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Listen to the Labels
Nick Spinelli '17, Sustainability Intern for Academic Programs
Walking through the aisles of Safeway, Trader Joe’s, or Costco for your weekly grocery shopping can be tedious. As busy college students and working professionals, we tend to make a quick stop for a handful of things we need for the week, and walk out without weighing our purchasing choices. We purchase items that may be labeled USDA Organic Certified, Post-Consumer Content, and Fair Trade among many others, but what do these labels actually mean? Knowing how to understand and read these kinds of labels will allow you as a consumer to make more conscious, sustainable purchasing decisions.
One way you can REDUCE your impact on pollution and environmental harm is by purchasing produce and meat that is labeled at USDA Certified Organic. This labeling shows that the food has been produced in a manner that does not involve genetic modification or the use of banned substances like certain pesticides. For example, a farmer of a USDA Certified organic farm could use natural pheromones to safely deter insects that would infest crops, rather than using pesticides that can cause further environmental harm beyond killing bugs.
Buying in bulk allows you to REUSE old containers for food storage, rather than collecting piles of unnecessary food packaging. Stores like Whole Foods and Sprouts have whole sections dedicated to purchasing things like pasta, beans, spices, and baking supplies at price-per-pound rate. Speaking from personal experience, my roommates love to keep the Talenti Gelato jars because they can easily be cleaned and used for the storage of dried foods. For the 21-and-older crowd out there, both our local Whole Foods and Taplands Bar sell growlers that can be refilled with craft beers, often at a cheaper price than a 6-pack of an equivalent beer!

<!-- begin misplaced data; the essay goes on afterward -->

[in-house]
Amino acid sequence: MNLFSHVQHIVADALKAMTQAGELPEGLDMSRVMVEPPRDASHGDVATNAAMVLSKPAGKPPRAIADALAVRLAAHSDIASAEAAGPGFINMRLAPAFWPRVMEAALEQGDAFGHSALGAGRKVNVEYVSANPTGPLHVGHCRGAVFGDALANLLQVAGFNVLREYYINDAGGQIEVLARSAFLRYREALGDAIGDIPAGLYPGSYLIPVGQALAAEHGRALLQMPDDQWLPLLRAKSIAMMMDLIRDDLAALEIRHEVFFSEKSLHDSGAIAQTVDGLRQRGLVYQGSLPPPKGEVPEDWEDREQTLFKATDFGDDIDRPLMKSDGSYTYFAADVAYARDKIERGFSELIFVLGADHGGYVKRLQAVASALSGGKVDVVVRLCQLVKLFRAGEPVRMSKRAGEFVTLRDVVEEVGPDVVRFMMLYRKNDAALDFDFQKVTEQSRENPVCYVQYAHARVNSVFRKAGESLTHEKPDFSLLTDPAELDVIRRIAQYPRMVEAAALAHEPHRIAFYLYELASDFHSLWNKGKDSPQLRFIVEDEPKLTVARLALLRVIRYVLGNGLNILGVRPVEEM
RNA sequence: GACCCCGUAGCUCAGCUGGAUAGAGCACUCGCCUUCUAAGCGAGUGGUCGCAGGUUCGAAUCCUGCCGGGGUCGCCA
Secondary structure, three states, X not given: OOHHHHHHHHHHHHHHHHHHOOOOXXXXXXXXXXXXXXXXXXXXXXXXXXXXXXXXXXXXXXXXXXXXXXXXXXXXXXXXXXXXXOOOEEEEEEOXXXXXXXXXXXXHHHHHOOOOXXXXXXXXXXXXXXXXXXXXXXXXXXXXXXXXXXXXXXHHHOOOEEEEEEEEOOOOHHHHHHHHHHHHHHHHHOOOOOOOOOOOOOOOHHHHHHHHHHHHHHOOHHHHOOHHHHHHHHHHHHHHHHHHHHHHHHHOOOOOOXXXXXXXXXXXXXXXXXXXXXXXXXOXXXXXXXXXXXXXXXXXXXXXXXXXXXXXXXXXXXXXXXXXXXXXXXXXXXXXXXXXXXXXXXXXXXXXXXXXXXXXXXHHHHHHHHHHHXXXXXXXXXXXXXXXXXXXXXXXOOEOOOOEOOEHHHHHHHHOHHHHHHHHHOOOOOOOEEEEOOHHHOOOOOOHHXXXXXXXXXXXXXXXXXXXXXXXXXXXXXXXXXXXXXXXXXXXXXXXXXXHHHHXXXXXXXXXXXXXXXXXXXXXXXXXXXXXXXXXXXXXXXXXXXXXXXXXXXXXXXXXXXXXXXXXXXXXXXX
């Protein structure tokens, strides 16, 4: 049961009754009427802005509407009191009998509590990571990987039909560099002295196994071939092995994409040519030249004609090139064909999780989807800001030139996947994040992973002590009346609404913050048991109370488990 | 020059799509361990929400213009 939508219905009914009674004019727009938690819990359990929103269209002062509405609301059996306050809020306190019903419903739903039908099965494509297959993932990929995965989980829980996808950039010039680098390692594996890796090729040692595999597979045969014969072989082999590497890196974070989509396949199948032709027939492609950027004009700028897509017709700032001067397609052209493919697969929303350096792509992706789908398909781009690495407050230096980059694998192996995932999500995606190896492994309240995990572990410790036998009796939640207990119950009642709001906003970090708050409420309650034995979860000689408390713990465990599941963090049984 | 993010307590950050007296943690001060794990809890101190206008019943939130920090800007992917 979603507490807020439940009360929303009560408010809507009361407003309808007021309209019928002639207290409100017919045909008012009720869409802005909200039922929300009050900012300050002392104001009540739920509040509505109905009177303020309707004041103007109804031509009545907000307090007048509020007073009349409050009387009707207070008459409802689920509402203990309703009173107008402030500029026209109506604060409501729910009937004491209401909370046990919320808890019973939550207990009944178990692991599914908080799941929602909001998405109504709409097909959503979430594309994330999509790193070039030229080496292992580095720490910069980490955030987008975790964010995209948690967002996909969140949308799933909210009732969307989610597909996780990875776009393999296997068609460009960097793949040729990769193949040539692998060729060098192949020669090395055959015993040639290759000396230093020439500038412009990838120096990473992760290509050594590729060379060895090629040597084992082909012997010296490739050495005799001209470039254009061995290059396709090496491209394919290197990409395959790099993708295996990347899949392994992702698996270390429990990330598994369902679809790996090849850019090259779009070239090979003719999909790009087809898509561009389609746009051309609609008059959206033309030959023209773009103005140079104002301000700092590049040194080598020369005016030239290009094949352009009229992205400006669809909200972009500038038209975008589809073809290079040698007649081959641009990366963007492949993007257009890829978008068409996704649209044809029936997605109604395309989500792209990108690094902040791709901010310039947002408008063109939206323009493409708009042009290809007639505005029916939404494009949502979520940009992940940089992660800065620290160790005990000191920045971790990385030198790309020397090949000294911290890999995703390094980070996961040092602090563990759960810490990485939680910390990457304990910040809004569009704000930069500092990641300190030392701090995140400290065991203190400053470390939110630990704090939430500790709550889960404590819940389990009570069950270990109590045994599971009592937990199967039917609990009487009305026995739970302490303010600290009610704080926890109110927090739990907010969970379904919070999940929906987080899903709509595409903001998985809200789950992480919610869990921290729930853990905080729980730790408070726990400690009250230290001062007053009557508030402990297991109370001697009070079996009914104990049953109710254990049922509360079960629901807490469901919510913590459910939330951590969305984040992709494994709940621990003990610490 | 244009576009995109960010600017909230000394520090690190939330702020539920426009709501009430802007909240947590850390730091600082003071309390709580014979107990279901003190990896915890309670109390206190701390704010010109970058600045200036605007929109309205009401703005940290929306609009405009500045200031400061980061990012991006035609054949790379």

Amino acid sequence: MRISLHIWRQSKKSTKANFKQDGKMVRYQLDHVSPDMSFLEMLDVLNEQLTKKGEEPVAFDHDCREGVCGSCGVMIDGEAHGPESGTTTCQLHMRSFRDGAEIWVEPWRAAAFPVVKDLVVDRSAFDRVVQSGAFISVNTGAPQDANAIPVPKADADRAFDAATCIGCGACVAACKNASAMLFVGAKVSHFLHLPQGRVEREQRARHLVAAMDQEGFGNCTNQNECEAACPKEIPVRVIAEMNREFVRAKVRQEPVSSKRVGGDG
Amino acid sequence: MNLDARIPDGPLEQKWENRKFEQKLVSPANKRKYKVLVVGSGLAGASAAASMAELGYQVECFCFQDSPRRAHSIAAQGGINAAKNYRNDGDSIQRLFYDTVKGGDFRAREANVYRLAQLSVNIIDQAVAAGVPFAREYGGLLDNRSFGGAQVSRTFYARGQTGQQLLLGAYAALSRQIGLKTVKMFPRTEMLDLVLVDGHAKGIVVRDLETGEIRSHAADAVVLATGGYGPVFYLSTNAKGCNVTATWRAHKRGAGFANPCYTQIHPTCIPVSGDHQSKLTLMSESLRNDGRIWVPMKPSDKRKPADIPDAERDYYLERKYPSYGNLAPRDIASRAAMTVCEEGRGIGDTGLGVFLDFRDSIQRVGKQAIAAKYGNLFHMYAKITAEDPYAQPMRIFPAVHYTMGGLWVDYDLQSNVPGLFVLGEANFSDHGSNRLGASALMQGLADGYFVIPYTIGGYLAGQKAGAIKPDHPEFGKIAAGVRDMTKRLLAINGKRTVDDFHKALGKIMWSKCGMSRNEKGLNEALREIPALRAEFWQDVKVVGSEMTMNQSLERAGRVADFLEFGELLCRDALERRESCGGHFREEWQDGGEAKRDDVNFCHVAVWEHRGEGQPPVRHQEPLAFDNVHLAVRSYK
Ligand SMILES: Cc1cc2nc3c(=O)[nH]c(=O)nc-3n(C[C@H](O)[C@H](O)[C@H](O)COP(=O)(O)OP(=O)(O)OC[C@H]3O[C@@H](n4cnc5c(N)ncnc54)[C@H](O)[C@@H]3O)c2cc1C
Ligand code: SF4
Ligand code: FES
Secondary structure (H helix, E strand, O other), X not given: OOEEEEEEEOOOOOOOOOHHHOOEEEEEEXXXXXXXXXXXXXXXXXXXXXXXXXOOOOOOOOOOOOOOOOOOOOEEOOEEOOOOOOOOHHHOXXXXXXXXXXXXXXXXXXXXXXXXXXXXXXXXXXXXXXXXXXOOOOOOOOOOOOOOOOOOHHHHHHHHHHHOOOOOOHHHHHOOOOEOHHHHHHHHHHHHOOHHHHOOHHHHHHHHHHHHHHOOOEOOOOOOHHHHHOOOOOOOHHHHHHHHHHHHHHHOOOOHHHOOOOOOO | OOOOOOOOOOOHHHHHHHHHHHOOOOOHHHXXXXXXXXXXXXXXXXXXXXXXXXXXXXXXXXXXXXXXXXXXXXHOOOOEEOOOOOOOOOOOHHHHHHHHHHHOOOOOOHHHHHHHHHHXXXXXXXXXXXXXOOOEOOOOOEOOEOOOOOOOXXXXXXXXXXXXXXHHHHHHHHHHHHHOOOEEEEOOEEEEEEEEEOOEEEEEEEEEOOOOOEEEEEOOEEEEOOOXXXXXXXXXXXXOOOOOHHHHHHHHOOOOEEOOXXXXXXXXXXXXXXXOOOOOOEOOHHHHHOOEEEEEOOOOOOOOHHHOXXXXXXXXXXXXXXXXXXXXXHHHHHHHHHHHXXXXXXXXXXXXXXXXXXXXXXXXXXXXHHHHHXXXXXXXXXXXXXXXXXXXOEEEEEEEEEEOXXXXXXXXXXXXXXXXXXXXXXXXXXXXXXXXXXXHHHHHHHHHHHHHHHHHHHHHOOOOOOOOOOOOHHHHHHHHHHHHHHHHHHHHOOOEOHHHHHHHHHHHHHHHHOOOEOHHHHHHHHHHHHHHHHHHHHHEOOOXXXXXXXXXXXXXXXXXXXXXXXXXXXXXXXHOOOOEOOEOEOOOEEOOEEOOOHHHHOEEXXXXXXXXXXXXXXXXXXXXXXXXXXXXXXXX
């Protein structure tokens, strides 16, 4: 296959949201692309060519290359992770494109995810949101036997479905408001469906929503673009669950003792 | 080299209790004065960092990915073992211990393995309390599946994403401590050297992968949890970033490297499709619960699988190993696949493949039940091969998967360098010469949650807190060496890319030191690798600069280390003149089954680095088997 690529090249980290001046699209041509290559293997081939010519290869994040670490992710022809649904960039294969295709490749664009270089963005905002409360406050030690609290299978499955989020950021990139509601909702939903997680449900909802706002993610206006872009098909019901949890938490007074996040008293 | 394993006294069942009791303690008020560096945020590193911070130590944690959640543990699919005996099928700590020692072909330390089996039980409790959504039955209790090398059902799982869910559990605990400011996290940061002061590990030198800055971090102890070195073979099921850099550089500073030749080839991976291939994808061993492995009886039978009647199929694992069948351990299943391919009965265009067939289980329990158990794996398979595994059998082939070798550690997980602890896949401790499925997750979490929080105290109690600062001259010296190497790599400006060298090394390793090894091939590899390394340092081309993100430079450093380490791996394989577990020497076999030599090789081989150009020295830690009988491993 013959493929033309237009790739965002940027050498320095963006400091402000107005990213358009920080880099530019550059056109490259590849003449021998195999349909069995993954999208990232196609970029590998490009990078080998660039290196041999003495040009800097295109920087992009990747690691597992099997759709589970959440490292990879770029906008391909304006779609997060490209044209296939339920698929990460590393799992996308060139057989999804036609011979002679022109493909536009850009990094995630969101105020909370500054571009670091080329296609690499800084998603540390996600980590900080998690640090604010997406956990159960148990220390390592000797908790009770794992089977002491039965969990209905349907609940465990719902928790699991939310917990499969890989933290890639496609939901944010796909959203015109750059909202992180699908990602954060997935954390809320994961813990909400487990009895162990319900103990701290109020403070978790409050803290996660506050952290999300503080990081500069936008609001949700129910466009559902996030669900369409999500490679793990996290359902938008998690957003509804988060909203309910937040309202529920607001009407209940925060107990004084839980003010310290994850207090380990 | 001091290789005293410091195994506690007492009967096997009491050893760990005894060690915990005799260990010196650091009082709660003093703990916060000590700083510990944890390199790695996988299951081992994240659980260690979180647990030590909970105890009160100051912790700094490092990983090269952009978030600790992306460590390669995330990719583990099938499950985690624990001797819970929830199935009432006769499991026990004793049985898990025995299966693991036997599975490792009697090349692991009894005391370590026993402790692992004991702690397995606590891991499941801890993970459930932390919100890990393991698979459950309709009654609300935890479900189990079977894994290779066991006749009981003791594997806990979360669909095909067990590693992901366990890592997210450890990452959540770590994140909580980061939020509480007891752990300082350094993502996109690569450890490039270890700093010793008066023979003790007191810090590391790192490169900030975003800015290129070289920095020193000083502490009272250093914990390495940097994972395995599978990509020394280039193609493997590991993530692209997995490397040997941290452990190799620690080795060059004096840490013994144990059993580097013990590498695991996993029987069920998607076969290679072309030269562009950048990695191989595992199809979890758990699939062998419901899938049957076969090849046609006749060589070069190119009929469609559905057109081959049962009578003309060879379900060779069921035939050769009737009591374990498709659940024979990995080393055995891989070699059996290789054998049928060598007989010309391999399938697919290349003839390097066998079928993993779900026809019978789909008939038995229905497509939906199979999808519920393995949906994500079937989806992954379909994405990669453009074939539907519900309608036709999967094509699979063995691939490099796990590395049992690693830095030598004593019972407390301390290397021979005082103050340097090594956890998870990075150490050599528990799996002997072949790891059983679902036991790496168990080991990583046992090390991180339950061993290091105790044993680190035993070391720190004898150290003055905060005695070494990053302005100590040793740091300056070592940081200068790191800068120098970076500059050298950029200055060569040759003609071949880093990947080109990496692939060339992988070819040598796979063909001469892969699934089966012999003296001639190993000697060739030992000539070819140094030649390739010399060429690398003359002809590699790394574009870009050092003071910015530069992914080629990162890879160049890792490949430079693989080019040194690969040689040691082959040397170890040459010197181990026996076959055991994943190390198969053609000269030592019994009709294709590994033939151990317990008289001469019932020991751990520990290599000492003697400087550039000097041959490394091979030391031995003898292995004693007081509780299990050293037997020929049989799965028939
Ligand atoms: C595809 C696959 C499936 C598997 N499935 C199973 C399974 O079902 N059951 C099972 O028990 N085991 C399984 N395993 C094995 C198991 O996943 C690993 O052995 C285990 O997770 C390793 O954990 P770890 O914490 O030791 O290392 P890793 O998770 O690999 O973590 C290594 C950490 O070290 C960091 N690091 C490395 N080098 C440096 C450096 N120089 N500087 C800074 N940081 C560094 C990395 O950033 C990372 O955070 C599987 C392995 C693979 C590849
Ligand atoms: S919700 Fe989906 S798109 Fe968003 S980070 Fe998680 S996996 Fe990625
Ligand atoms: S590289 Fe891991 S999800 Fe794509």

While picking up your morning coffee from Mission Bakery, you might have noticed the phrase “made with post-consumer content” printed on the cup; but have you ever asked yourself what that means?
Post-Consumer content are materials like papers and plastics that have been RECYCLED and repurposed into products like food containers, polyester fibers, and even toilet paper! Though it is great these materials got a second round to be useful, they often cannot be re-recycled for another use and end up in the landfill (Hint: the campus hot coffee cups go in the landfill bin!). When shopping for your next big event, look for plates, cups, and silverware that are post-consumer products, or better yet, compostable or recyclable ones, rather than single-use styrofoam tableware.
Fair Trade products have become more prevalent in the market as consumers recognize the need to RESPECT the lives of the workers who produce many of the things we take for granted. Fair trade companies ensure that their workers are paid living wages, prohibit the use of child labor, and maintain safe work conditions among other standards. Fair trade products like coffee beans and chocolates might come at a higher cost to you as a consumer, however it’s worth the price knowing the people who worked to get these goods to you are treated justly.